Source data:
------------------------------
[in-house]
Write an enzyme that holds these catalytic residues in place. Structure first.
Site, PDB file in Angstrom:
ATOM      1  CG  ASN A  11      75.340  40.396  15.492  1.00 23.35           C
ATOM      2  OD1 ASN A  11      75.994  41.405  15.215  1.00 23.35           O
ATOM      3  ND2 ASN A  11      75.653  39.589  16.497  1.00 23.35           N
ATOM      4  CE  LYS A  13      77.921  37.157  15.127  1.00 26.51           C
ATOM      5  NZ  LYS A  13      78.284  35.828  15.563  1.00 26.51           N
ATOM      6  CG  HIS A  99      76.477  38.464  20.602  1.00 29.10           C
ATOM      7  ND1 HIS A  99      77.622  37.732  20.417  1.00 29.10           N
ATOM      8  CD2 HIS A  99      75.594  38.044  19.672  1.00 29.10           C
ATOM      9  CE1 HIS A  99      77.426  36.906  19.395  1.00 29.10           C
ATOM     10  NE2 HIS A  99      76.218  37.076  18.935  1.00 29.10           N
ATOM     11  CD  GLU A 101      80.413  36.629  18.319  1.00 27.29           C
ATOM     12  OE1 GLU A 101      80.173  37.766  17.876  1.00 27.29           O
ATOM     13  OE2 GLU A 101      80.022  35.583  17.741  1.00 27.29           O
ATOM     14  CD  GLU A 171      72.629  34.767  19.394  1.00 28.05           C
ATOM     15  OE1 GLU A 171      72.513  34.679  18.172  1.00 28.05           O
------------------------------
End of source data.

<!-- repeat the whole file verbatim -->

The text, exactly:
[in-house]
Write an enzyme that holds these catalytic residues in place. Structure first.
Site, PDB file in Angstrom:
ATOM      1  CG  ASN A  11      75.340  40.396  15.492  1.00 23.35           C
ATOM      2  OD1 ASN A  11      75.994  41.405  15.215  1.00 23.35           O
ATOM      3  ND2 ASN A  11      75.653  39.589  16.497  1.00 23.35           N
ATOM      4  CE  LYS A  13      77.921  37.157  15.127  1.00 26.51           C
ATOM      5  NZ  LYS A  13      78.284  35.828  15.563  1.00 26.51           N
ATOM      6  CG  HIS A  99      76.477  38.464  20.602  1.00 29.10           C
ATOM      7  ND1 HIS A  99      77.622  37.732  20.417  1.00 29.10           N
ATOM      8  CD2 HIS A  99      75.594  38.044  19.672  1.00 29.10           C
ATOM      9  CE1 HIS A  99      77.426  36.906  19.395  1.00 29.10           C
ATOM     10  NE2 HIS A  99      76.218  37.076  18.935  1.00 29.10           N
ATOM     11  CD  GLU A 101      80.413  36.629  18.319  1.00 27.29           C
ATOM     12  OE1 GLU A 101      80.173  37.766  17.876  1.00 27.29           O
ATOM     13  OE2 GLU A 101      80.022  35.583  17.741  1.00 27.29           O
ATOM     14  CD  GLU A 171      72.629  34.767  19.394  1.00 28.05           C
ATOM     15  OE1 GLU A 171      72.513  34.679  18.172  1.00 28.05           O